In act the second, Carpezan has married Sybilla. He has enriched himself in the wars, has been ennobled by the Emperor, and lives at his castle on the Danube in state and splendour.
But, truth to say, though married, rich, and ennobled, the Lord Carpezan was not happy. It may be that in his wild life, as leader of condottieri on both sides, he had committed crimes which agitated his mind with remorse. It may be that his rough soldier-manners consorted ill with his imperious highborn bride. She led him such a life — I am narrating as it were the Warrington manuscript, which is too long to print in entire — taunting him with his low birth, his vulgar companions, whom the old soldier loved to see about him, and so forth — that there were times when he rather wished that he had never rescued this lovely, quarrelsome, wayward vixen from the oubliette out of which he fished her. After the bustle of the first act this is a quiet one, and passed chiefly in quarrelling between the Baron and Baroness Carpezan, until horns blow, and it is announced that the young King of Bohemia and Hungary is coming bunting that way.
Act III. is passed at Prague, whither his Majesty has invited Lord Carpezan and his wife, with noble offers of preferment to the latter. From Baron he shall be promoted to be Count, from Colonel he shall be General-inChief. His wife is the most brilliant and fascinating of all the ladies of the court — and as for Carpzoff ——
“Oh, stay — I have it — I know your story, sir, now,” says Mr. Johnson. “’Tis in ‘Meteranus,’ in the Theatrum Universum. I read it in Oxford as a boy — Carpezanus or Carpzoff ——”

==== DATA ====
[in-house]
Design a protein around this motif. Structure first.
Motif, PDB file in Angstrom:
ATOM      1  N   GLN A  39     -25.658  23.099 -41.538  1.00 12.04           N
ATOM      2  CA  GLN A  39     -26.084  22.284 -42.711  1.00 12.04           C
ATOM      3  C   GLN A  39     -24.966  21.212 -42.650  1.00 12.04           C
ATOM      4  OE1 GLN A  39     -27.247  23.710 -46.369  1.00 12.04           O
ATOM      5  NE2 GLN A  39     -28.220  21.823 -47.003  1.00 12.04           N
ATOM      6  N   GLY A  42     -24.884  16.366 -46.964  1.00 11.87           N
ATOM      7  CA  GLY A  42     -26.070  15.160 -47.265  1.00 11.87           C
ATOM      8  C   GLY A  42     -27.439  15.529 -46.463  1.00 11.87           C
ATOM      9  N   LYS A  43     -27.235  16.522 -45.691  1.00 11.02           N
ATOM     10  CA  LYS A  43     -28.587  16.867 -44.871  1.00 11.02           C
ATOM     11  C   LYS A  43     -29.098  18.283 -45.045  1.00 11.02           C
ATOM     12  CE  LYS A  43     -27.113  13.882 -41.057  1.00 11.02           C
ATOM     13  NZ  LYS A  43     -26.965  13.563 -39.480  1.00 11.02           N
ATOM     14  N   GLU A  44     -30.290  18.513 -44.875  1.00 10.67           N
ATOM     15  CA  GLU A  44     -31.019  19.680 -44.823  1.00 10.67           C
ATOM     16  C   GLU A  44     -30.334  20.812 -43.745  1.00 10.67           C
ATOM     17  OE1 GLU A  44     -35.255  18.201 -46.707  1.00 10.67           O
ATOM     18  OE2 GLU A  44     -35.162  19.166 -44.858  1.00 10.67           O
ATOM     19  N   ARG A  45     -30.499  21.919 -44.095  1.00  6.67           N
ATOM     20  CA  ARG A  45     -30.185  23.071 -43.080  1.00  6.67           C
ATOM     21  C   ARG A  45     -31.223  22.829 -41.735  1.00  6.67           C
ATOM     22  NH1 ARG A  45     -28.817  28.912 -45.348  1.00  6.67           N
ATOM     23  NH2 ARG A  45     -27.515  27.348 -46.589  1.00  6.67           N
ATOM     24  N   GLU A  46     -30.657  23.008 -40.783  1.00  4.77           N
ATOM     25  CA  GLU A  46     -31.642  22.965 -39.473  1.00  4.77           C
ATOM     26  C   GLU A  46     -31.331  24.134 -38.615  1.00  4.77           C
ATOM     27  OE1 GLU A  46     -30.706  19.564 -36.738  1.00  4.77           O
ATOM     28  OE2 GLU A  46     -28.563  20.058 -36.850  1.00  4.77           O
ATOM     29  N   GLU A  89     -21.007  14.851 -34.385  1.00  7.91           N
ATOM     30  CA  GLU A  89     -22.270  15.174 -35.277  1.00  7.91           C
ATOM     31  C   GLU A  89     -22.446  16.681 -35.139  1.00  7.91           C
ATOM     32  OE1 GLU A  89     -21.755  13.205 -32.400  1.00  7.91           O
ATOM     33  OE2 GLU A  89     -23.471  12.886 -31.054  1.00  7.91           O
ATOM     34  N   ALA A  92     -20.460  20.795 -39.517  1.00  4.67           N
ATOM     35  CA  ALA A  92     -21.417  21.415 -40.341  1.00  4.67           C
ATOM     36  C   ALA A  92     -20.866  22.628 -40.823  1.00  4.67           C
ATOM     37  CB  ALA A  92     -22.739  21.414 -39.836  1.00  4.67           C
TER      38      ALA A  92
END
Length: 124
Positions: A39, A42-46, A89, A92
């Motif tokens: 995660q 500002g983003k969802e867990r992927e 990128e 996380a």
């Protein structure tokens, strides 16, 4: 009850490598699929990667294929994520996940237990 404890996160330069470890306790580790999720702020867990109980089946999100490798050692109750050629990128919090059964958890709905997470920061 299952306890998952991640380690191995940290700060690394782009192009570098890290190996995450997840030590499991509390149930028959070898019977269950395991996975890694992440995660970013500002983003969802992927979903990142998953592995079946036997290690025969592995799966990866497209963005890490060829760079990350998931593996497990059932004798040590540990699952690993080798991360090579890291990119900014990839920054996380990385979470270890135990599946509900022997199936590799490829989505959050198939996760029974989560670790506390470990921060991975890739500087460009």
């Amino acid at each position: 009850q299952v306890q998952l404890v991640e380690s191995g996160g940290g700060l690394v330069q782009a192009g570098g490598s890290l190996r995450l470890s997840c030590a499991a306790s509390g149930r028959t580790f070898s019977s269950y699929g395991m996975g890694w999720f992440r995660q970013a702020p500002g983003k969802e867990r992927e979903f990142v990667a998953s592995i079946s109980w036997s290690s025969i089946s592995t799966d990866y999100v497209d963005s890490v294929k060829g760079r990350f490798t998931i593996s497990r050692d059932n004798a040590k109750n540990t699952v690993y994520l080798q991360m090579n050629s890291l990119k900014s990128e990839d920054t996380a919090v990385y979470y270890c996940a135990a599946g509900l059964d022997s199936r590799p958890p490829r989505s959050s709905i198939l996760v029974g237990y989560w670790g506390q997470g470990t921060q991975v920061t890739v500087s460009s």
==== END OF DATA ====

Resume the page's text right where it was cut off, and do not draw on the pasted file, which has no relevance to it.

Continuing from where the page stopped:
“That is the fourth act,” says Mr. Warrington. In the fourth act the young King’s attentions towards Sybilla grow more and more marked; but her husband, battling against his jealousy, long refuses to yield to it, until his wife’s criminality is put beyond a doubt — and here he read the act, which closes with the terrible tragedy which actually happened. Being convinced of his wife’s guilt, Carpezan caused the executioner who followed his regiment to slay her in her own palace. And the curtain of the act falls just after the dreadful deed is done, in a side-chamber illuminated by the moon shining through a great oriel window, under which the King comes with his lute, and plays the song which was to be the signal between him and his guilty victim.
This song (writ in the ancient style, and repeated in the piece, being sung in the third act previously at a great festival given by the King and Queen) was pronounced by Mr. Johnson to be a happy imitation of Mr. Waller’s manner, and its gay repetition at the moment of guilt, murder, and horror, very much deepened the tragic gloom of the scene.
“But whatever came afterwards?” he asked. “I remember in the Theatrum, Carpezan is said to have been taken into favour again by Count Mansfield, and doubtless to have murdered other folks on the reformed side.”